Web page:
In my personal mythology the screen door is amongst the pantheon. Mine is an old screen door, wood-framed and warped, scuffed and cat-scratched, patched and pressed into. It never quite latches, just thwacks against its doorsill and remains open by a crack.
Recently, thanks to the good people at Open Books who know every book by every poet ever, I discovered the work of the poet Bill Knott. I was stunned to learn that he was from a little town in Michigan called Carson City, about ten miles from the little town in Michigan where I grew up.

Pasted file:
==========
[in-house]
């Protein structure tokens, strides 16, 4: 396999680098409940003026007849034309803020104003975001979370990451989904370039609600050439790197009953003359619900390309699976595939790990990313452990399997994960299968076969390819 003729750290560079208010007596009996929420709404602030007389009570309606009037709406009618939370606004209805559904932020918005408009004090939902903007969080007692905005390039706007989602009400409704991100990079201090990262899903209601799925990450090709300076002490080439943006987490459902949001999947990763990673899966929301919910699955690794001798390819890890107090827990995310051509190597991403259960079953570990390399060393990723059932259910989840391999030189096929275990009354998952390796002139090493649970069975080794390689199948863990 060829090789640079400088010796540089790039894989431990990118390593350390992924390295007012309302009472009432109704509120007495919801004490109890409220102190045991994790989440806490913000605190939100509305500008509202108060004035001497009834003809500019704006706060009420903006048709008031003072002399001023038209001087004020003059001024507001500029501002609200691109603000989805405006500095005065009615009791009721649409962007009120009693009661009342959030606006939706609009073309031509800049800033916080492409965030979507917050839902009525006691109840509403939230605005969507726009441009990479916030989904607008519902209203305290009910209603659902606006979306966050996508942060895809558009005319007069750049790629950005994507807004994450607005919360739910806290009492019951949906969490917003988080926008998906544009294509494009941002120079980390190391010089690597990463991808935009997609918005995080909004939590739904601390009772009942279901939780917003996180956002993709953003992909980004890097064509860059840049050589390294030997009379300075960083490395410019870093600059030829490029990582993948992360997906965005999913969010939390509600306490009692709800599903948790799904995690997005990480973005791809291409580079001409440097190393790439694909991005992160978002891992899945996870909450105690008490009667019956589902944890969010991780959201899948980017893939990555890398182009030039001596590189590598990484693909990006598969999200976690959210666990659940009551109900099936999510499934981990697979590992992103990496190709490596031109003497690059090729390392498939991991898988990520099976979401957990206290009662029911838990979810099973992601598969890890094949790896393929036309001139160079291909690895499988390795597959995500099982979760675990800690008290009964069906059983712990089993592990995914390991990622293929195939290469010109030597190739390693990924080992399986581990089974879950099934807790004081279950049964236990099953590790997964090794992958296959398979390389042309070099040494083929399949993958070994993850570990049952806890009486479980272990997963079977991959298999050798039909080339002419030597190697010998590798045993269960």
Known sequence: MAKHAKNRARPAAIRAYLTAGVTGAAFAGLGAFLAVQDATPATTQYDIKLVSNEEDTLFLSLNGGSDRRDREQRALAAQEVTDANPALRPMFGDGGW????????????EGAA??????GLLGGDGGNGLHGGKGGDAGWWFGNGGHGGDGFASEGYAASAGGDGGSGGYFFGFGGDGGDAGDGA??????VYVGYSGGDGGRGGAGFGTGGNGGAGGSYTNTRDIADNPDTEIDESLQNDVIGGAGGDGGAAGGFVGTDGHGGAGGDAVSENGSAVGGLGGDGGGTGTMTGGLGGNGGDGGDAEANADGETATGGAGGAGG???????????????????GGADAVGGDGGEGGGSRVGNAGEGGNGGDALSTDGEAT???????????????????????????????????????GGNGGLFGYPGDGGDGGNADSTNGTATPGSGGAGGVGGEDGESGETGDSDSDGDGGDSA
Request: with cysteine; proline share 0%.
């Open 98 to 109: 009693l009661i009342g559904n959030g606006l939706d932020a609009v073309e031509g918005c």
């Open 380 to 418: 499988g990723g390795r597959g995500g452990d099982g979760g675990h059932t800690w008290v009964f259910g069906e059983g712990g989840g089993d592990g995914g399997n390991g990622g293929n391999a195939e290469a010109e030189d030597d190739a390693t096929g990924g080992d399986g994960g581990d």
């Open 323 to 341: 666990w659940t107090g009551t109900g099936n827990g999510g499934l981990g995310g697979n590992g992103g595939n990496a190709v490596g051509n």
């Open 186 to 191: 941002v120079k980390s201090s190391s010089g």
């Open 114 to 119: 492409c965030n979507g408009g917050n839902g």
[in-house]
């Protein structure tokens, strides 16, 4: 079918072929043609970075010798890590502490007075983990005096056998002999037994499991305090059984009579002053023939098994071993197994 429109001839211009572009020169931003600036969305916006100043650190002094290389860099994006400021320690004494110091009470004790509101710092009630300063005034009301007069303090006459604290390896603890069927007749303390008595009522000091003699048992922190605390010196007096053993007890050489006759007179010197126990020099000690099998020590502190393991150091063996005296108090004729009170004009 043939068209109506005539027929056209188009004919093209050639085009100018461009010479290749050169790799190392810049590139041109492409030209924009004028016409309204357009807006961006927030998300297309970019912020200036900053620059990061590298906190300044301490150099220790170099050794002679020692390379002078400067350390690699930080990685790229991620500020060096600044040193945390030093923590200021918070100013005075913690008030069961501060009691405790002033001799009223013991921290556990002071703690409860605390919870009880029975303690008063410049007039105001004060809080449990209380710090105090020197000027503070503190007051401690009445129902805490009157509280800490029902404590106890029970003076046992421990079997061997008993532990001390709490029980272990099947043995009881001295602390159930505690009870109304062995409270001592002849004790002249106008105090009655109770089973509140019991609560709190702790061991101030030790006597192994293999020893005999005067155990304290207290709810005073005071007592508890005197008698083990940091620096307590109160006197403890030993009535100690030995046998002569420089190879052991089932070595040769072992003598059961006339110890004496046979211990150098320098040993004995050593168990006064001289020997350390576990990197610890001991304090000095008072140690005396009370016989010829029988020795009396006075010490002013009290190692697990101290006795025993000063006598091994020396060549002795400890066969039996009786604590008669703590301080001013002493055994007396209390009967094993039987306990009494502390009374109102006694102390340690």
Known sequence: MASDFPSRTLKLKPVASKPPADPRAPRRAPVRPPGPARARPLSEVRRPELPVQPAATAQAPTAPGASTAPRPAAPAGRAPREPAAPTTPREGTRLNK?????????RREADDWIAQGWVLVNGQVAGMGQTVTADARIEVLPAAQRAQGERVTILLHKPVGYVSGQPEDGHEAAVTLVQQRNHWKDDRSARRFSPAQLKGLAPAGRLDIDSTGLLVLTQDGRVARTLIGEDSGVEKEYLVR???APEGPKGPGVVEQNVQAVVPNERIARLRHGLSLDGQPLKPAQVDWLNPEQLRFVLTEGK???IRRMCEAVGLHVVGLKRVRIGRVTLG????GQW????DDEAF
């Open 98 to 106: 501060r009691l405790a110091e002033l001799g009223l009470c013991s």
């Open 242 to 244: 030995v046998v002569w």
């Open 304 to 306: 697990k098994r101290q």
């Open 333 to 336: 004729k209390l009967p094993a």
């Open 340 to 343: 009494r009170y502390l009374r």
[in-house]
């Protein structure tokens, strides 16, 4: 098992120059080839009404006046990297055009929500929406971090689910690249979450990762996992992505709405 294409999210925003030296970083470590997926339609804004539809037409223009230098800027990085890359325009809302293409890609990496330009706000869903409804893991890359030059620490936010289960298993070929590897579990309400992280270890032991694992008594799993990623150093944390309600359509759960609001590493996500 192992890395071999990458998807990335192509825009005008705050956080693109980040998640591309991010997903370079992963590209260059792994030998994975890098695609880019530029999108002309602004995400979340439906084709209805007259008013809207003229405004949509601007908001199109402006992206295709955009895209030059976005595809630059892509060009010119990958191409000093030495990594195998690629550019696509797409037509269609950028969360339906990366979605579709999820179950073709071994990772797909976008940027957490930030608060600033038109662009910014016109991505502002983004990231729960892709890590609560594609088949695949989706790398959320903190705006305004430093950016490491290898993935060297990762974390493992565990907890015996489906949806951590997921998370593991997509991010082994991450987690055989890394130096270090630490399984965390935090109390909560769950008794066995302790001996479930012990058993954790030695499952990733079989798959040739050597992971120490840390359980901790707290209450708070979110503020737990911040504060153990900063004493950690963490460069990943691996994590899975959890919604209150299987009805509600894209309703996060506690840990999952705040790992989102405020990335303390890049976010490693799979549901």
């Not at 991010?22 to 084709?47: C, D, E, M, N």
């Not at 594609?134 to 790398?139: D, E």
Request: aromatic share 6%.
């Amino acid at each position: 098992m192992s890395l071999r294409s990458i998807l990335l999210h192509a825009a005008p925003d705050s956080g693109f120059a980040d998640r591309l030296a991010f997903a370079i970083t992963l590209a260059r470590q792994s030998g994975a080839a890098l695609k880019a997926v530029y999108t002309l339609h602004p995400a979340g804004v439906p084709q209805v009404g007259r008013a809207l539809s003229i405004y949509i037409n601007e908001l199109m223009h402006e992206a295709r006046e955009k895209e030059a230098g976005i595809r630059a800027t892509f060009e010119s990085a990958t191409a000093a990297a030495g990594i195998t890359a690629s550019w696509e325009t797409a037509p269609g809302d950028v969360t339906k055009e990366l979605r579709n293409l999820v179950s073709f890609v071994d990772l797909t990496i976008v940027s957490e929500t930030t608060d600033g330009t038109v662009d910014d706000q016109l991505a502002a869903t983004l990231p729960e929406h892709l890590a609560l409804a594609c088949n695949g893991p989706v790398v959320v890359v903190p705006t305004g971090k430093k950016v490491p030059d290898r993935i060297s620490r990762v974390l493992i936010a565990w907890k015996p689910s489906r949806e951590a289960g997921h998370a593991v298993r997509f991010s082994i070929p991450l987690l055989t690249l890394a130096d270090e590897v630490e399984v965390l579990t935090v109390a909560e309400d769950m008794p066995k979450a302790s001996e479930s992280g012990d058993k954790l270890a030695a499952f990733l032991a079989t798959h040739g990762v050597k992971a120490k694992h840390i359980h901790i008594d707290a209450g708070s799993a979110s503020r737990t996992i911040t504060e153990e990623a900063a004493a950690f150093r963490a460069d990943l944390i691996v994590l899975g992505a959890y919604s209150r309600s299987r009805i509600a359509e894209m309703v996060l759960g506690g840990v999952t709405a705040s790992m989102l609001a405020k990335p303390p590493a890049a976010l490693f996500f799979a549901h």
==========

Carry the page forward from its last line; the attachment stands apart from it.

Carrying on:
It would be hard to overstate how little these towns are. Between them are backroads and farmland, soybeans and potatoes.
Barns and farmhouses.
Here’s a Bill Knott poem I spent some time with this morning:
What if we never entered then—
Here’s more about Bill Knott from The New York Times. His selected is called I Am Flying into Myself: Selected Poems 1960-2014, and is edited and introduced by Thomas Lux. Have a good weekend. Thanks for reading.